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Common Mode Level at Output

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Full Member level 2
Nov 30, 2005
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This question has been asked once but I am putting this up again, for I didn't quite get a good answer.
Usually the output common mode level is to be kept at the avg of the positive and negative power supplies. Any reasons why we do that?

Appreciate the reponse.


If you place the output level too high, or too low. Clipping will occur when the input
signal is large enough. See picture below. If you place the output level too high, you will more likely run into Vdd, and cause your signal to clip. If you place your output level too low, you will more likely hit ground, causing your signal to clip.

But if you place the output level near the middle. Your out put will have the most room to swing. (the bottom case in the drawing)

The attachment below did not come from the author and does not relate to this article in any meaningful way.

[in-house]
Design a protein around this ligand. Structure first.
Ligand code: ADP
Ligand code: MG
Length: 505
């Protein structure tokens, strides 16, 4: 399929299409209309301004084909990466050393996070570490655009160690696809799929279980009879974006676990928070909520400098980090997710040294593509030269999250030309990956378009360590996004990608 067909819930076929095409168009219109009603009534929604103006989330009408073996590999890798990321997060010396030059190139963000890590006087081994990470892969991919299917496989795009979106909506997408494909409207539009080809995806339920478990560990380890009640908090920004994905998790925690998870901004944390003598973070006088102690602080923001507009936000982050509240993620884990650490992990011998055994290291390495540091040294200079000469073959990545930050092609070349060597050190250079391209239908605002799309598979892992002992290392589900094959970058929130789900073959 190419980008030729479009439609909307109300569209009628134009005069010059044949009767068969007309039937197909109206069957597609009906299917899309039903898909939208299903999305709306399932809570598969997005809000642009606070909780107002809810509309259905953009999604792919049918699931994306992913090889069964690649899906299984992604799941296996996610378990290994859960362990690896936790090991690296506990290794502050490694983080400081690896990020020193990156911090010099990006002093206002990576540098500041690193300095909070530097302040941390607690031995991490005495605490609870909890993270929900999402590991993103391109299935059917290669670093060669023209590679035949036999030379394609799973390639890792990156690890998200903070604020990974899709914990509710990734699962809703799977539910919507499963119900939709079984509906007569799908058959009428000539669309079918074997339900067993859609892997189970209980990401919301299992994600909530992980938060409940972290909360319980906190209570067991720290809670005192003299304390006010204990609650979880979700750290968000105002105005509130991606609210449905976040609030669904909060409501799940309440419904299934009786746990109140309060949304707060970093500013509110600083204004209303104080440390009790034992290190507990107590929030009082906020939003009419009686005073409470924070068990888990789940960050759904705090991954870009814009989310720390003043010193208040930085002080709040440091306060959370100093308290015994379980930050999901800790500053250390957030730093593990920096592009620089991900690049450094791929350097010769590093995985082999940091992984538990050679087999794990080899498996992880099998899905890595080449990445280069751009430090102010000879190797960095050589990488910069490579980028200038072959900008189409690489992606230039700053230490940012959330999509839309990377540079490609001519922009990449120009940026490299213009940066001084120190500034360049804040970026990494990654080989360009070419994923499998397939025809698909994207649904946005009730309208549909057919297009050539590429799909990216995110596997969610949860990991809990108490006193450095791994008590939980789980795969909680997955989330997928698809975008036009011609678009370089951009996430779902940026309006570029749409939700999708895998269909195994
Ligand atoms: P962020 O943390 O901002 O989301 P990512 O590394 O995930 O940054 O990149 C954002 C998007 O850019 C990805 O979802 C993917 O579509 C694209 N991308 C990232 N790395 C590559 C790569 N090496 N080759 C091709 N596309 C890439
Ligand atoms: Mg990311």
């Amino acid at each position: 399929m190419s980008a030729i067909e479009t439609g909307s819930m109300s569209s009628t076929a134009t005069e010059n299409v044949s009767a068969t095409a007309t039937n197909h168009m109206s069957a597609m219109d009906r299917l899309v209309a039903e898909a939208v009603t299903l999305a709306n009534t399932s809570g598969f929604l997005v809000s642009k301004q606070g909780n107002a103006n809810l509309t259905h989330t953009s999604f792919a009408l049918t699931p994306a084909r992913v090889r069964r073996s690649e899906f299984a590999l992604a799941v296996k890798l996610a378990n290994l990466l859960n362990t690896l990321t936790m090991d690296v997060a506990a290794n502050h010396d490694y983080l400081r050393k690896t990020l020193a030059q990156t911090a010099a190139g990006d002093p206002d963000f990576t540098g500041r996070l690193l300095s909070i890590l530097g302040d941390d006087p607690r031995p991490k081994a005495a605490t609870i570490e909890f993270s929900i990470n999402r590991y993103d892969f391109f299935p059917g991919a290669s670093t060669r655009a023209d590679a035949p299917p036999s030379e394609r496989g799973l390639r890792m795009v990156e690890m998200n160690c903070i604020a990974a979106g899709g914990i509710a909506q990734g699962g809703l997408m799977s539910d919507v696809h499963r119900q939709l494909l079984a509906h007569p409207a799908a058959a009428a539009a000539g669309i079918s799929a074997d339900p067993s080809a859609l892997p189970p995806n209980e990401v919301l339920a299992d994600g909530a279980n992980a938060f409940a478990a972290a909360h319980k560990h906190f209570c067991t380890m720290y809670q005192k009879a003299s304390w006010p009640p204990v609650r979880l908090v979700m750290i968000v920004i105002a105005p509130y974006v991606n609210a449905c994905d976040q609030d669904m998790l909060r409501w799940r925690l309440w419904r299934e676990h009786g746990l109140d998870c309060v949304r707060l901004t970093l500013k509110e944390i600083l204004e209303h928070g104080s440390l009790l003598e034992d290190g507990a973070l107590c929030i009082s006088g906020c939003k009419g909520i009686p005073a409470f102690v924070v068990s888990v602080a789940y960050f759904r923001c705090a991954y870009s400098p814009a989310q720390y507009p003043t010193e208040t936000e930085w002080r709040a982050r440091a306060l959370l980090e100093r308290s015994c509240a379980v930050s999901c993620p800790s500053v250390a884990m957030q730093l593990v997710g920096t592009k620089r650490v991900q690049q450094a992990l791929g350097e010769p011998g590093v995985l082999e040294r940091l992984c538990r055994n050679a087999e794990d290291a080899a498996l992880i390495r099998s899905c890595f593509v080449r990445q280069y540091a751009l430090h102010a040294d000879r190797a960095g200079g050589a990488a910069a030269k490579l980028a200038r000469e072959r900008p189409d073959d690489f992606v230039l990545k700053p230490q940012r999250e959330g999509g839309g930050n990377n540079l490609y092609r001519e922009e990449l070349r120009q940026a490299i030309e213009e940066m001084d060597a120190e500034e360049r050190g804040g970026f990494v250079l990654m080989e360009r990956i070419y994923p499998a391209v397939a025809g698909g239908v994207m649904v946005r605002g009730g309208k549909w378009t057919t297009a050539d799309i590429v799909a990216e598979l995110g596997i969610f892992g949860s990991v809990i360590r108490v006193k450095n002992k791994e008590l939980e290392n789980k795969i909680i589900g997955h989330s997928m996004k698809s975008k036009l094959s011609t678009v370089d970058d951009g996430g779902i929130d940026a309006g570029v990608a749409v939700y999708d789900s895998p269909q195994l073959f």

This is important if you want your amplifier to be linear. This is especially important
if the amplitude of the signal carries information that you need later.

For example, in AM modulation, the information is encoded in the amplitude. So clipping will cause you to lose your data !

Or the signals going to your speaker. If they are clipped before they reach your speakers, your music will not sound very good.

Clipping is a very ugly distortion.

Hope that helps.

To have a symmetrical signal output (avoiding signal/data degradation)

not the average, but the midpoint of the effective output voltage

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